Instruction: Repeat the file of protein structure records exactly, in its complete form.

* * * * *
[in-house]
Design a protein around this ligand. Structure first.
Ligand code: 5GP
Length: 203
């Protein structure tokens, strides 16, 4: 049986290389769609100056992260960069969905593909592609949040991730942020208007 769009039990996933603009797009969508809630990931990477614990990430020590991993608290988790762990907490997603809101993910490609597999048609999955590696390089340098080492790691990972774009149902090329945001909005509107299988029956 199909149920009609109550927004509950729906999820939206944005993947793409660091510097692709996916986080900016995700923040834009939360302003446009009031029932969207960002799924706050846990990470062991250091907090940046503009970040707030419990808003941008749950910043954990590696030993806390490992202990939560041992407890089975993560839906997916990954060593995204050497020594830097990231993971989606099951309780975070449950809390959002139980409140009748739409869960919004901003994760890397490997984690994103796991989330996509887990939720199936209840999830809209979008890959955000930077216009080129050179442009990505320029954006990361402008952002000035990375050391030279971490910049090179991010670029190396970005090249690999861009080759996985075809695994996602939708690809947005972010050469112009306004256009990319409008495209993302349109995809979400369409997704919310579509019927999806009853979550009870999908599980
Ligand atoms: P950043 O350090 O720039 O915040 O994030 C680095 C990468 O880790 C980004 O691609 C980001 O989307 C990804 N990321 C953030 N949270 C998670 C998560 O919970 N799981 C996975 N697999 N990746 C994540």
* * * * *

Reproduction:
[in-house]
Design a protein around this ligand. Structure first.
Ligand code: 5GP
Length: 203
């Protein structure tokens, strides 16, 4: 049986290389769609100056992260960069969905593909592609949040991730942020208007 769009039990996933603009797009969508809630990931990477614990990430020590991993608290988790762990907490997603809101993910490609597999048609999955590696390089340098080492790691990972774009149902090329945001909005509107299988029956 199909149920009609109550927004509950729906999820939206944005993947793409660091510097692709996916986080900016995700923040834009939360302003446009009031029932969207960002799924706050846990990470062991250091907090940046503009970040707030419990808003941008749950910043954990590696030993806390490992202990939560041992407890089975993560839906997916990954060593995204050497020594830097990231993971989606099951309780975070449950809390959002139980409140009748739409869960919004901003994760890397490997984690994103796991989330996509887990939720199936209840999830809209979008890959955000930077216009080129050179442009990505320029954006990361402008952002000035990375050391030279971490910049090179991010670029190396970005090249690999861009080759996985075809695994996602939708690809947005972010050469112009306004256009990319409008495209993302349109995809979400369409997704919310579509019927999806009853979550009870999908599980
Ligand atoms: P950043 O350090 O720039 O915040 O994030 C680095 C990468 O880790 C980004 O691609 C980001 O989307 C990804 N990321 C953030 N949270 C998670 C998560 O919970 N799981 C996975 N697999 N990746 C994540």